TUESDAY, February 12, 2019 (HealthDay News) – New (and Expensive) Hepatitis C medicines, such as Harvoni and Sovaldirespect their promises and significantly reduce the chances of patients liver cancer and death, a new French study finds.
The news did not surprise many an American liver expert.
Bernstein thinks that "this large study provides the best evidence so far to support the recommendations that all patients with chronic hepatitis C infection should be treated with [these drugs]. "
According to the study's baseline data, about 71 million people worldwide are suffering from chronic infection with hepatitis C, which can cause debilitating or life-threatening diseases such as cirrhosis, liver disease and liver cancer. Over the last 15 years, these complications have tripled and it is expected that they will peak between 2030 and 2035, the researchers said.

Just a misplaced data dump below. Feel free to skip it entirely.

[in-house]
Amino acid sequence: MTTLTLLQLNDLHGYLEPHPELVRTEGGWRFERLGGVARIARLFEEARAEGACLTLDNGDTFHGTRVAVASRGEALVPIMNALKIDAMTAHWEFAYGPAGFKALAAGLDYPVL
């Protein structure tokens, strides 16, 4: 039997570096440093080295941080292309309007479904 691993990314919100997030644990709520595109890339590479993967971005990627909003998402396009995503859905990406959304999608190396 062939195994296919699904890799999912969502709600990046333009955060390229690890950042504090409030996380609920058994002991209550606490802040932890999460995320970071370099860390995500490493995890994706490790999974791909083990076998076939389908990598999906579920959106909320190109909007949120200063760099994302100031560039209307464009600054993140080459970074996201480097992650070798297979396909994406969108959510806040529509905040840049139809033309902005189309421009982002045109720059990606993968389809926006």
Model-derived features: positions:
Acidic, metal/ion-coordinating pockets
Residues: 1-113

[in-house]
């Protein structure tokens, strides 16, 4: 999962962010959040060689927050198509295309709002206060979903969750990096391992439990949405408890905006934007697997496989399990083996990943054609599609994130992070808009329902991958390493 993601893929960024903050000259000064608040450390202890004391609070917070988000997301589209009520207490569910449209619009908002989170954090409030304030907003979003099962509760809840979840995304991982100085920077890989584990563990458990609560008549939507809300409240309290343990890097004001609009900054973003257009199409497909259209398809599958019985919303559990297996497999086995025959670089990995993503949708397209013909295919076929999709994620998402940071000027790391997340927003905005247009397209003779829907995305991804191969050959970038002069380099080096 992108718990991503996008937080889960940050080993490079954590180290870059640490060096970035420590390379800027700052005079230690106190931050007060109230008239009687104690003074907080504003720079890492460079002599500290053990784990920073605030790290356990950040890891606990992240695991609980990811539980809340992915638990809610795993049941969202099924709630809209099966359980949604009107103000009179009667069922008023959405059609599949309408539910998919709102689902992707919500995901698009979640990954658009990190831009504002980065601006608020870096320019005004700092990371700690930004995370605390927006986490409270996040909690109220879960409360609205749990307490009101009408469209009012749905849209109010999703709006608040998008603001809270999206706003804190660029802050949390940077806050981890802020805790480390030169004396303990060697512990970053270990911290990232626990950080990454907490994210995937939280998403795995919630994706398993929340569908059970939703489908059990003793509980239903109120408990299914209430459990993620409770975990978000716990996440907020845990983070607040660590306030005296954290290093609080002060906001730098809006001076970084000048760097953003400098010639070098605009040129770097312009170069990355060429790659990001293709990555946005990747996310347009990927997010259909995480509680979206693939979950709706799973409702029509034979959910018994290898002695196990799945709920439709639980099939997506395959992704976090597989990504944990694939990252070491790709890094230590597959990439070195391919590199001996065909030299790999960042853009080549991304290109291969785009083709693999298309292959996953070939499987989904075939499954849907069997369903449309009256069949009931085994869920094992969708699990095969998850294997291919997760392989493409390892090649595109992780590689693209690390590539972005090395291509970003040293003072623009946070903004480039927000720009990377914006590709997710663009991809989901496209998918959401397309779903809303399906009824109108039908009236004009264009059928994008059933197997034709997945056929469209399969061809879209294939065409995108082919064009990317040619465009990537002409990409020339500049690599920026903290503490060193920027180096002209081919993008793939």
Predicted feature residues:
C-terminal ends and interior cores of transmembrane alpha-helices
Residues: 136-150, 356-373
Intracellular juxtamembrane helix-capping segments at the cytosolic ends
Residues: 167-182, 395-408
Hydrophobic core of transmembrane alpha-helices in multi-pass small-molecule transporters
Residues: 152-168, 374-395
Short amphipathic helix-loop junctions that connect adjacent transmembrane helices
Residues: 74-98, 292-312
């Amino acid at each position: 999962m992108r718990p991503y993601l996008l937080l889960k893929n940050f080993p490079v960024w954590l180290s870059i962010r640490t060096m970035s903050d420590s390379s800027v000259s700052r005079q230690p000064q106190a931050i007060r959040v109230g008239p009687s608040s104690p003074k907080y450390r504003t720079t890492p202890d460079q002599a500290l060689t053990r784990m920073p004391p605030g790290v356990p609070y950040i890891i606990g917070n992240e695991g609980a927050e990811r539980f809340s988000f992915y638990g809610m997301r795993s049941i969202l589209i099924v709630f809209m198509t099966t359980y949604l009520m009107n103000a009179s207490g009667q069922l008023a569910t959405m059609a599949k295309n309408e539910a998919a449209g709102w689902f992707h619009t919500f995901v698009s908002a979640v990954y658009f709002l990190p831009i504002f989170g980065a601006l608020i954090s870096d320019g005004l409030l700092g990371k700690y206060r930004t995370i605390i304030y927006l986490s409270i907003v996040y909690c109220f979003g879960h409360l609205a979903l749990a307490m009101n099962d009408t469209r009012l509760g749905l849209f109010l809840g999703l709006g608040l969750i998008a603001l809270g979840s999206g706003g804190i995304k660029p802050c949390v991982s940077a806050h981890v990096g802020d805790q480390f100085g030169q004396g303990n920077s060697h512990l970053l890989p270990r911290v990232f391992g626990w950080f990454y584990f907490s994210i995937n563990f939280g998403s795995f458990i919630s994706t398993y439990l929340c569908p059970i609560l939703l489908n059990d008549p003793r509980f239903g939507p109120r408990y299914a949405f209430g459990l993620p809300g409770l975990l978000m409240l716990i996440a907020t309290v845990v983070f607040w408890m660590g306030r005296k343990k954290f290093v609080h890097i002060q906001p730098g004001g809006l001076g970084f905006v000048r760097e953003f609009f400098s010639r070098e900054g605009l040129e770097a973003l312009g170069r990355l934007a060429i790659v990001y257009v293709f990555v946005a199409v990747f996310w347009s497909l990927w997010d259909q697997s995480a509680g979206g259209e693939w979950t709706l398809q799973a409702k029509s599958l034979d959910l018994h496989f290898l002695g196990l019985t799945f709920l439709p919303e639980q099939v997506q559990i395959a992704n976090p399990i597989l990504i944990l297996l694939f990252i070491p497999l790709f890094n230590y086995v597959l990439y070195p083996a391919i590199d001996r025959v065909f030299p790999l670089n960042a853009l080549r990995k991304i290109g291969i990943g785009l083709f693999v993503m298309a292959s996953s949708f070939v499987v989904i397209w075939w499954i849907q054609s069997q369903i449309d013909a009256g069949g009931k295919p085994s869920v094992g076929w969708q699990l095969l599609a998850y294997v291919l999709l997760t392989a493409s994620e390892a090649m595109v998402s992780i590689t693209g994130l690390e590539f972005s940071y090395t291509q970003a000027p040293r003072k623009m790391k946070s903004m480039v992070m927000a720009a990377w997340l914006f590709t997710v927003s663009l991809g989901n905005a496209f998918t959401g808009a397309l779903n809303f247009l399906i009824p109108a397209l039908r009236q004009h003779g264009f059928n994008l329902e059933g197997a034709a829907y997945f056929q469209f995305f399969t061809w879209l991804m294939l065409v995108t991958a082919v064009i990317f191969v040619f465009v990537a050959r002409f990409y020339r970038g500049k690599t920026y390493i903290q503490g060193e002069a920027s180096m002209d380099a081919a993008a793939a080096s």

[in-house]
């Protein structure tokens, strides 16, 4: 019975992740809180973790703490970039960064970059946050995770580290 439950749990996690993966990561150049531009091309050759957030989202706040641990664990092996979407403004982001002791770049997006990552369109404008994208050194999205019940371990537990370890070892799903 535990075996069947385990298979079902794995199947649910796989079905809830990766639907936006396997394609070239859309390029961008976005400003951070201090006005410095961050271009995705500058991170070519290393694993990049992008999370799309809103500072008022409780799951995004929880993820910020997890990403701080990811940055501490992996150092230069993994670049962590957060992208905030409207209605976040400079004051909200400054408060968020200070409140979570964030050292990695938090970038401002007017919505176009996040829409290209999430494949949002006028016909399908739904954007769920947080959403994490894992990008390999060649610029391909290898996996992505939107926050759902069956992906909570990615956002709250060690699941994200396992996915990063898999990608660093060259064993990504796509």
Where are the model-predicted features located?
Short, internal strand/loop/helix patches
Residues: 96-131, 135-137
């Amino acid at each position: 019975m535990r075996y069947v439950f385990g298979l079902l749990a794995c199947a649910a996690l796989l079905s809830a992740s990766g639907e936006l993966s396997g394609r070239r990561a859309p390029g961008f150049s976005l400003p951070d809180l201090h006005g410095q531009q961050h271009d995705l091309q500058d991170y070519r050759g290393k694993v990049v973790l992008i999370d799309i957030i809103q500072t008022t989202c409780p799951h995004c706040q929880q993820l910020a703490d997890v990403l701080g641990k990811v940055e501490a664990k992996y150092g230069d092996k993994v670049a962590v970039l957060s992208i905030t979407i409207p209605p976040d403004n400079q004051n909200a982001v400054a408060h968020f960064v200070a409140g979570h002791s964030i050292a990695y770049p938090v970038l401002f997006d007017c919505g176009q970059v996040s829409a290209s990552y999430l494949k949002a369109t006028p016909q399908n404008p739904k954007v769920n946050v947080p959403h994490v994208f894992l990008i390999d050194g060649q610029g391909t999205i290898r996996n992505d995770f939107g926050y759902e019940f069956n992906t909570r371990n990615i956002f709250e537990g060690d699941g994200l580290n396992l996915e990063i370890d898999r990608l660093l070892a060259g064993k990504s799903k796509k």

The new research was funded by drug manufacturers and included nearly 9,900 patients in France.
About three-quarters of patients were treated with the new class of medications, called "direct-acting antivirals," while the other quarter was not.
Direct-acting antivirals act quickly – over a period of about three months – to push the hepatitis C virus, which damages the liver, to undetectable levels in patients' blood.
In the study, after a median follow-up of nearly three years, 218 patients died and 258 were diagnosed with liver cancer.
Compared to untreated patients, patients treated with direct-acting antivirals were 52% less likely to die prematurely (84 deaths per 10,000 untreated patients compared to 40 per 10,000 treated patients). In addition, treated patients were 33% less likely to be diagnosed with liver cancer in one year (129 out of 10,000 in untreated patients compared to 86 out of 10,000 in treated patients), the researchers said. .
At the beginning of the study, in a subgroup of more than 3,000 patients with cirrhosis of the liver, the same risk reductions were observed in patients receiving the new drugs, provided that they had reaches an undetectable rate of hepatitis C virus in the blood.